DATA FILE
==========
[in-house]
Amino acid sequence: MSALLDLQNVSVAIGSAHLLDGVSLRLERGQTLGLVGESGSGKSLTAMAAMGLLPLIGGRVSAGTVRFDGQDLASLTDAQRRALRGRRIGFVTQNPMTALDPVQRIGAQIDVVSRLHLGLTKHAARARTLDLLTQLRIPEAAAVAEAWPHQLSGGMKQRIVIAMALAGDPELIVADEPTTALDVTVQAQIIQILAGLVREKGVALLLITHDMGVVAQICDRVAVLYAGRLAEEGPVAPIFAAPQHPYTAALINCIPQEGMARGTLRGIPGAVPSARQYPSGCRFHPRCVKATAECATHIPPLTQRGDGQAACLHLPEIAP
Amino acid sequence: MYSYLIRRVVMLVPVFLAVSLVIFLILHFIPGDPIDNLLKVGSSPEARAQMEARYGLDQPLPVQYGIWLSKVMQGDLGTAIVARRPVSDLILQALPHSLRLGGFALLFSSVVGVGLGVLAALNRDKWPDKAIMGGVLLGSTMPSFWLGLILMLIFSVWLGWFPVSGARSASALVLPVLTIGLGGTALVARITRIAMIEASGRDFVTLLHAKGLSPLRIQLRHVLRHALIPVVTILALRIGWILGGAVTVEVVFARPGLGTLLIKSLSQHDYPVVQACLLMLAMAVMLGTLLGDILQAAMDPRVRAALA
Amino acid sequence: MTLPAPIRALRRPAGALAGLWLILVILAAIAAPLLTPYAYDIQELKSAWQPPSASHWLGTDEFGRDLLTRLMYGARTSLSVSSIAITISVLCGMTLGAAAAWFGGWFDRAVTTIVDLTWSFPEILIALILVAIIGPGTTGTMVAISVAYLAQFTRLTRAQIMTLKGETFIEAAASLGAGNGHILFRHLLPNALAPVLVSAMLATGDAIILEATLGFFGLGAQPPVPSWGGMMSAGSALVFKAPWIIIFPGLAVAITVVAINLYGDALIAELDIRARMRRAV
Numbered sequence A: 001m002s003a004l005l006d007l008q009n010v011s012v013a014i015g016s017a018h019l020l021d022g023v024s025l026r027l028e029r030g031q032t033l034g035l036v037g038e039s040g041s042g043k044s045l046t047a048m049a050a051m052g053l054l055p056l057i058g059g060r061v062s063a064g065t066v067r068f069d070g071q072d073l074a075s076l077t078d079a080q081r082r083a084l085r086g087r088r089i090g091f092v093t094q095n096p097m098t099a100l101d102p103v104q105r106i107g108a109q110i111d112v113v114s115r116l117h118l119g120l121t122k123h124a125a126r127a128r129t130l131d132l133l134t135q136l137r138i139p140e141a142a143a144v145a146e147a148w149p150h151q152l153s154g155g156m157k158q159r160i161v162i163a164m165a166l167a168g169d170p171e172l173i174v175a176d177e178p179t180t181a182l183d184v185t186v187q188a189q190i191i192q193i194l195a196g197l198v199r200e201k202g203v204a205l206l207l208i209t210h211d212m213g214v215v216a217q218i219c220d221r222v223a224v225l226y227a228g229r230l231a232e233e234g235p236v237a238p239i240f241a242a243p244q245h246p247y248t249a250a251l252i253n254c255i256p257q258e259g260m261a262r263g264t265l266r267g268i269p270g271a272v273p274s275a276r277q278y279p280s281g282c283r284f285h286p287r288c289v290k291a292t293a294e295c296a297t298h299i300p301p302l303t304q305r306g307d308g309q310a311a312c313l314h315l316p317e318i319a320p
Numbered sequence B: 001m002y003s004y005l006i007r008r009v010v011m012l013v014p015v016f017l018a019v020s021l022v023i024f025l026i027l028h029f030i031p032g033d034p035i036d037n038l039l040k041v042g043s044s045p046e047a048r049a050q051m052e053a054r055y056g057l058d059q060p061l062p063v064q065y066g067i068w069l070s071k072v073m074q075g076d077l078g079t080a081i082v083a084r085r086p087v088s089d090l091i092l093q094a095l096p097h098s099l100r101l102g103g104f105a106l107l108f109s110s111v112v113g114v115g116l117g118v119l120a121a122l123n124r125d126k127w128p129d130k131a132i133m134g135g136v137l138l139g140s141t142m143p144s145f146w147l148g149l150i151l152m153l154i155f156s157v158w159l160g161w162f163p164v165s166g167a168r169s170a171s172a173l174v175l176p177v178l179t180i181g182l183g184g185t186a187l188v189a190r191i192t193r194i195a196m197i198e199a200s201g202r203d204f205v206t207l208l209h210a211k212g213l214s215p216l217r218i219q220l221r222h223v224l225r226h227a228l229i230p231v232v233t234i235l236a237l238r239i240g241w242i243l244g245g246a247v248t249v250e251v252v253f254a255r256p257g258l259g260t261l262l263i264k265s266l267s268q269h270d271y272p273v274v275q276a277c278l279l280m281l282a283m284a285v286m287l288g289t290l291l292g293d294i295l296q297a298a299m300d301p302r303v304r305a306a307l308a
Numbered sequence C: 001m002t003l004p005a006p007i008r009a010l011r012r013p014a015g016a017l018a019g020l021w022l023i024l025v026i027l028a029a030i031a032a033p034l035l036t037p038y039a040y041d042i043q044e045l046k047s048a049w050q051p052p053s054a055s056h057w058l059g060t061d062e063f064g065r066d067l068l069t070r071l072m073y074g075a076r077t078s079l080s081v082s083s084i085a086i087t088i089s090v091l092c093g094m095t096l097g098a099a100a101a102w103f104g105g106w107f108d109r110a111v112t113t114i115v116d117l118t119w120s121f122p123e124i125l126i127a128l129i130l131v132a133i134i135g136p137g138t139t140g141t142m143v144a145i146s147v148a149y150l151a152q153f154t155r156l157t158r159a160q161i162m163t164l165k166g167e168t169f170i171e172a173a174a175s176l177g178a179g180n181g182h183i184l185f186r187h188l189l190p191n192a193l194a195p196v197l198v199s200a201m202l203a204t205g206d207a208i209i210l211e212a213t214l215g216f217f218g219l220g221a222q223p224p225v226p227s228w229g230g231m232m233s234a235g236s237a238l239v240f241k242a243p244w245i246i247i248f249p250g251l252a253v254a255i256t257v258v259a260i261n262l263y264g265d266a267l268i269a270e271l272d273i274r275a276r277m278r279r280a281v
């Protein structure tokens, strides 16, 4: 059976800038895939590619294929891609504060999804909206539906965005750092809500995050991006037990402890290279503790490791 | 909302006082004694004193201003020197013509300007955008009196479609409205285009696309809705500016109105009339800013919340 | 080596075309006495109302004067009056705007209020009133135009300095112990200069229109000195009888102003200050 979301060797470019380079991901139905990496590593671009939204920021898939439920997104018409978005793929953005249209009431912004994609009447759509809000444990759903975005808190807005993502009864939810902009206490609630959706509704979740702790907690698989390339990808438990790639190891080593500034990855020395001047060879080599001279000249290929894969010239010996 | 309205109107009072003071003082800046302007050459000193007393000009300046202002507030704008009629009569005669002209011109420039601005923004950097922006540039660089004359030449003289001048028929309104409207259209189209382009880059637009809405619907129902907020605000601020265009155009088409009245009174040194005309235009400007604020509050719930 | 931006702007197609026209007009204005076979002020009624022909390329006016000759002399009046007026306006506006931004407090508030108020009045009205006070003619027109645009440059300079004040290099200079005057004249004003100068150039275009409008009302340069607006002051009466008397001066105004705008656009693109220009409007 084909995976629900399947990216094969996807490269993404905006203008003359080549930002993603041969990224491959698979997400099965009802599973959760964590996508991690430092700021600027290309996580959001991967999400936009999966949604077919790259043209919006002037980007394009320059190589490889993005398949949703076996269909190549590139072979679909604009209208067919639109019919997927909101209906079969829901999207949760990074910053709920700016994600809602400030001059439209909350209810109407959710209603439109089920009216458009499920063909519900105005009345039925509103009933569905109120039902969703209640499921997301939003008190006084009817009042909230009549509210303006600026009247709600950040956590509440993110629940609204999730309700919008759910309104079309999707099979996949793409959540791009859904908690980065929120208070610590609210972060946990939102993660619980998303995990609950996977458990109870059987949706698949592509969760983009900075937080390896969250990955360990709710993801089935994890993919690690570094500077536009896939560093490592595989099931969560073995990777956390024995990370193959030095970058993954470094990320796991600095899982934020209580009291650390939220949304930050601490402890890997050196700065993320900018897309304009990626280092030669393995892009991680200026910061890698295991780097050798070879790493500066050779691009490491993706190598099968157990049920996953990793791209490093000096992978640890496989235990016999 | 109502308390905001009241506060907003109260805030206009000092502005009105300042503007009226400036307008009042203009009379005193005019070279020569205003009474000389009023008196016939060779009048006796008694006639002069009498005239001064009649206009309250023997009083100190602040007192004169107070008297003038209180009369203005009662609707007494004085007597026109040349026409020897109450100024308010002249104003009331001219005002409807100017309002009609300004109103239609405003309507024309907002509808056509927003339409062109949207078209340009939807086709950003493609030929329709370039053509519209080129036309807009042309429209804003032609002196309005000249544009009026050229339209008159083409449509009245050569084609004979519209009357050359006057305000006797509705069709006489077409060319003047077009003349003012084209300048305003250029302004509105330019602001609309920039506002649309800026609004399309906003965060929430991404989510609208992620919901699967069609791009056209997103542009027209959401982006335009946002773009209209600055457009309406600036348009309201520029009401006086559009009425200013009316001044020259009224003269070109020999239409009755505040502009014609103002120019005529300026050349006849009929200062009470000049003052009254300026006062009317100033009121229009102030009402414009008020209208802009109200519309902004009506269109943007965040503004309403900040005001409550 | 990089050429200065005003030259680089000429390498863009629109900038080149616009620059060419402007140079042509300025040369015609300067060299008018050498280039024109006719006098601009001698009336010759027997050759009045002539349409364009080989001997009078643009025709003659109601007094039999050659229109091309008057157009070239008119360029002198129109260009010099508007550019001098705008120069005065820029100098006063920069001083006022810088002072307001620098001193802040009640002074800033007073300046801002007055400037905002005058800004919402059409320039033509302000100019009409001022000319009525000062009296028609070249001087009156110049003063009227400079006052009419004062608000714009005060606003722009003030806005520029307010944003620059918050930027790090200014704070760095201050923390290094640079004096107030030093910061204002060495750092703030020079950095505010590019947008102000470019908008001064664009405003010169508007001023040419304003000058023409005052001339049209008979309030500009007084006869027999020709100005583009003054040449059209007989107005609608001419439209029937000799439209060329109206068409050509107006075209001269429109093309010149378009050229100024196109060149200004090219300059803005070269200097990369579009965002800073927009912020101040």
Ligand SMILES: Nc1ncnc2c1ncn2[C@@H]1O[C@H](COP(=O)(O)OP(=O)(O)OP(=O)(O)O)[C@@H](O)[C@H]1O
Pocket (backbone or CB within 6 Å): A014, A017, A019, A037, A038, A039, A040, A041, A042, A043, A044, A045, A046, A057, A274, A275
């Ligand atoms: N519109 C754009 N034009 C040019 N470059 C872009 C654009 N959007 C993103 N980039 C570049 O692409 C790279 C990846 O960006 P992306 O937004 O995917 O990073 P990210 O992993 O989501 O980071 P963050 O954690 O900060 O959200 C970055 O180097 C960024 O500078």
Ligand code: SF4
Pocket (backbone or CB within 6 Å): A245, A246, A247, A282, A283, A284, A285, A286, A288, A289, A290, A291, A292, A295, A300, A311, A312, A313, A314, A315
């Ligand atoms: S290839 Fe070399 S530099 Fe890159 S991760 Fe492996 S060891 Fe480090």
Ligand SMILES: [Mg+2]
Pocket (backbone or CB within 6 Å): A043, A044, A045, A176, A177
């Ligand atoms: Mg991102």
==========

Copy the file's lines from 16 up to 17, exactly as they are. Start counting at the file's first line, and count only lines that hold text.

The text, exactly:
Pocket (backbone or CB within 6 Å): A043, A044, A045, A176, A177
């Ligand atoms: Mg991102």